The Willow-Tree

Author: Lewis Carroll  | Date: 1859

THE WILLOW-TREE

THE morn was bright, the steeds were light,

The wedding guests were gay:

Young Ellen stood within the wood

And watched them pass away.

She scarcely saw the gallant train:

The tear-drop dimmed her e’e:

Unheard the maiden did complain

Beneath the Willow-Tree.

"Oh, Robin, thou didst love me well,

Till, on a bitter day,

She came, the Lady Isabel,

And stole thy heart away.

My tears are vain: I live again

In days that used to be,

When I could meet thy welcome feet

Beneath the Willow-Tree.

"Oh, Willow gray, I may not stay

Till Spring renew thy leaf;

But I will hide myself away,

And nurse a lonely grief.

It shall not dim Life’s joy for him:

My tears he shall not see:

While he is by, I’ll come not nigh

My weeping Willow-Tree.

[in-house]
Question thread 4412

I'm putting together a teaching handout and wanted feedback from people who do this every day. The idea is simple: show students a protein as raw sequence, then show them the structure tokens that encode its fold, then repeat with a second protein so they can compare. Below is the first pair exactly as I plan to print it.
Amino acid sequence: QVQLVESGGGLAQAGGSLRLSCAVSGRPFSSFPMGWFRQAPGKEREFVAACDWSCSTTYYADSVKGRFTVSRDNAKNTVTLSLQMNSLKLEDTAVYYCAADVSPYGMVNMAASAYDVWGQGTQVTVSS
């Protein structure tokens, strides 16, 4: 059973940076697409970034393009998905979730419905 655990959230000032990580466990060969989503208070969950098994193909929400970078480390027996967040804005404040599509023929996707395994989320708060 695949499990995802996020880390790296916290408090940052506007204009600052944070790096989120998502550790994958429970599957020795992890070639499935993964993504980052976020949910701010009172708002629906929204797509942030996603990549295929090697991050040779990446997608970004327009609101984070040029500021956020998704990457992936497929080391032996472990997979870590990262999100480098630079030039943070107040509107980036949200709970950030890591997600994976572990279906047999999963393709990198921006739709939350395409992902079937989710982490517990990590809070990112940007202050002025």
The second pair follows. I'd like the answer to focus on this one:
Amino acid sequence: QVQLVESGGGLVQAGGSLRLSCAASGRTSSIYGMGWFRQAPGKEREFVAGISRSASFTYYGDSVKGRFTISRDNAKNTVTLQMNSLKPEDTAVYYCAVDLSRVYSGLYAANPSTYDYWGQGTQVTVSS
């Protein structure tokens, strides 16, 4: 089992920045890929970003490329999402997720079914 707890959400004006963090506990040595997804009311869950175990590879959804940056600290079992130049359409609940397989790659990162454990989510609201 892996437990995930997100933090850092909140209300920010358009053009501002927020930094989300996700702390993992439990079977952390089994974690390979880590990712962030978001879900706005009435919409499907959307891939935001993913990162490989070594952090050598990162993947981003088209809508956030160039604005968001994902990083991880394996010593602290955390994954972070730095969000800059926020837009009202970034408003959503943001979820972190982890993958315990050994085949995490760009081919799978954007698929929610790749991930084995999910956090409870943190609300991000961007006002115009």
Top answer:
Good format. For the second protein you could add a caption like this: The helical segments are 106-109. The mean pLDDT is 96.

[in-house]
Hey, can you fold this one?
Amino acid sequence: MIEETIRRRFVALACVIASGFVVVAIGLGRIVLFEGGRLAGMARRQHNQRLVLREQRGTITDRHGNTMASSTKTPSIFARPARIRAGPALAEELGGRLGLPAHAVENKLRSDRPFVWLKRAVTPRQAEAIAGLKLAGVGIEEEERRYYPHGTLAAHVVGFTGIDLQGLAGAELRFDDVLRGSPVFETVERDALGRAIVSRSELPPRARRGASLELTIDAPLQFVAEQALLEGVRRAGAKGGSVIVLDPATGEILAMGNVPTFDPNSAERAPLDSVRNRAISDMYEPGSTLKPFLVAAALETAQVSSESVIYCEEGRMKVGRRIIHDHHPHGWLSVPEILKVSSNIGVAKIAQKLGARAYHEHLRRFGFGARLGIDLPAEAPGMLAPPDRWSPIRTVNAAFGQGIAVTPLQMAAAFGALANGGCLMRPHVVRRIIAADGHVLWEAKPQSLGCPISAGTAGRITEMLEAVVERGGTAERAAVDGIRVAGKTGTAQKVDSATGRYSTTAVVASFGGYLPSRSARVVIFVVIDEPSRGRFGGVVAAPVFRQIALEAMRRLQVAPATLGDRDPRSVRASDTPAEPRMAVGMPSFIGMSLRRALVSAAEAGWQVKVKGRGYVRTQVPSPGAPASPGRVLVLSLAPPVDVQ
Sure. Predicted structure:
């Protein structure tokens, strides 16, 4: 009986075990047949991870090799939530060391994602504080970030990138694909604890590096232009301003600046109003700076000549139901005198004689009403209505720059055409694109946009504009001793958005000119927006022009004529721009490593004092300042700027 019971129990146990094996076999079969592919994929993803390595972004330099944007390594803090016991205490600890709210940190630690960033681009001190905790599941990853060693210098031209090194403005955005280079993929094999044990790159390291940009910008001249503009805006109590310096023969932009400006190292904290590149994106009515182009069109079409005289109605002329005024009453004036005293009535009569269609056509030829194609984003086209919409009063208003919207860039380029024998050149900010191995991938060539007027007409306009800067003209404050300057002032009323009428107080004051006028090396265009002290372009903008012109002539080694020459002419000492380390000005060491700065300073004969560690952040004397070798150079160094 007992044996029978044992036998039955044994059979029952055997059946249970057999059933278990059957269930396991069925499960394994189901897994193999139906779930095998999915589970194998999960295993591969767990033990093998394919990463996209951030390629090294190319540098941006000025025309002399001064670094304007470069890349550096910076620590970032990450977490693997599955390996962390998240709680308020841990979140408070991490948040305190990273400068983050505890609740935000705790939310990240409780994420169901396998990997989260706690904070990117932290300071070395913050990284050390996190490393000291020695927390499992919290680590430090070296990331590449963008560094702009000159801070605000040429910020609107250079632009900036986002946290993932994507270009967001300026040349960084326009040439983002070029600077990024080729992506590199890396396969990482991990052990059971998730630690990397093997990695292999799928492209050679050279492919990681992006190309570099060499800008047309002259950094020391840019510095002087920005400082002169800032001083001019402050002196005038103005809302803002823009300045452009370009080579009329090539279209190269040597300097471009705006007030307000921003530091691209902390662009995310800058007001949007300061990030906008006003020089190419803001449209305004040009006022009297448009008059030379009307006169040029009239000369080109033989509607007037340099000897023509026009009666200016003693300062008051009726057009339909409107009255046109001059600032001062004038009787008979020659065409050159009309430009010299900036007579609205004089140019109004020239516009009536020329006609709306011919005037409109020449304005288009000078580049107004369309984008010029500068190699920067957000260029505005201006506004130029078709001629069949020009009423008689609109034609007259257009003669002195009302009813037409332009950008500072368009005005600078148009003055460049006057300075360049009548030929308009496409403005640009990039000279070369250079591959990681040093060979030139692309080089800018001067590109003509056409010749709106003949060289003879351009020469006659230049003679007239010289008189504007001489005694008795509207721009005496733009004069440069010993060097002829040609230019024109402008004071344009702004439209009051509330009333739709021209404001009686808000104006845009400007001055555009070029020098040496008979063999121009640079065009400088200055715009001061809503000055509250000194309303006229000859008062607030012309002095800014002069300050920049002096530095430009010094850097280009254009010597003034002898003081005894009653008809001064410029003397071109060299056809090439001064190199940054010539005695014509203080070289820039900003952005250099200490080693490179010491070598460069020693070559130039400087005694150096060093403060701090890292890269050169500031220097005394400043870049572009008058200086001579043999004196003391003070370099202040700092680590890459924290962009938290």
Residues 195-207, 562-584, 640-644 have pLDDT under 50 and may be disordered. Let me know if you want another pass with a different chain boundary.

"But when I die, oh, let me lie

Beneath thy loving shade,

That he may loiter careless by,

Where I am lowly laid.

And let the white white marble tell,

If he should stoop to see,

’Here lies a maid that loved thee well,

Beneath the Willow-Tree.’"

1859.

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Chicago: Lewis Carroll, The Willow-Tree Original Sources, accessed January 25, 2021, http://www.originalsources.com/Document.aspx?DocID=AEI1C3FLNC4SCBQ.

MLA: Carroll, Lewis. The Willow-Tree, Original Sources. 25 Jan. 2021. www.originalsources.com/Document.aspx?DocID=AEI1C3FLNC4SCBQ.

Harvard: Carroll, L, The Willow-Tree. Original Sources, retrieved 25 January 2021, from http://www.originalsources.com/Document.aspx?DocID=AEI1C3FLNC4SCBQ.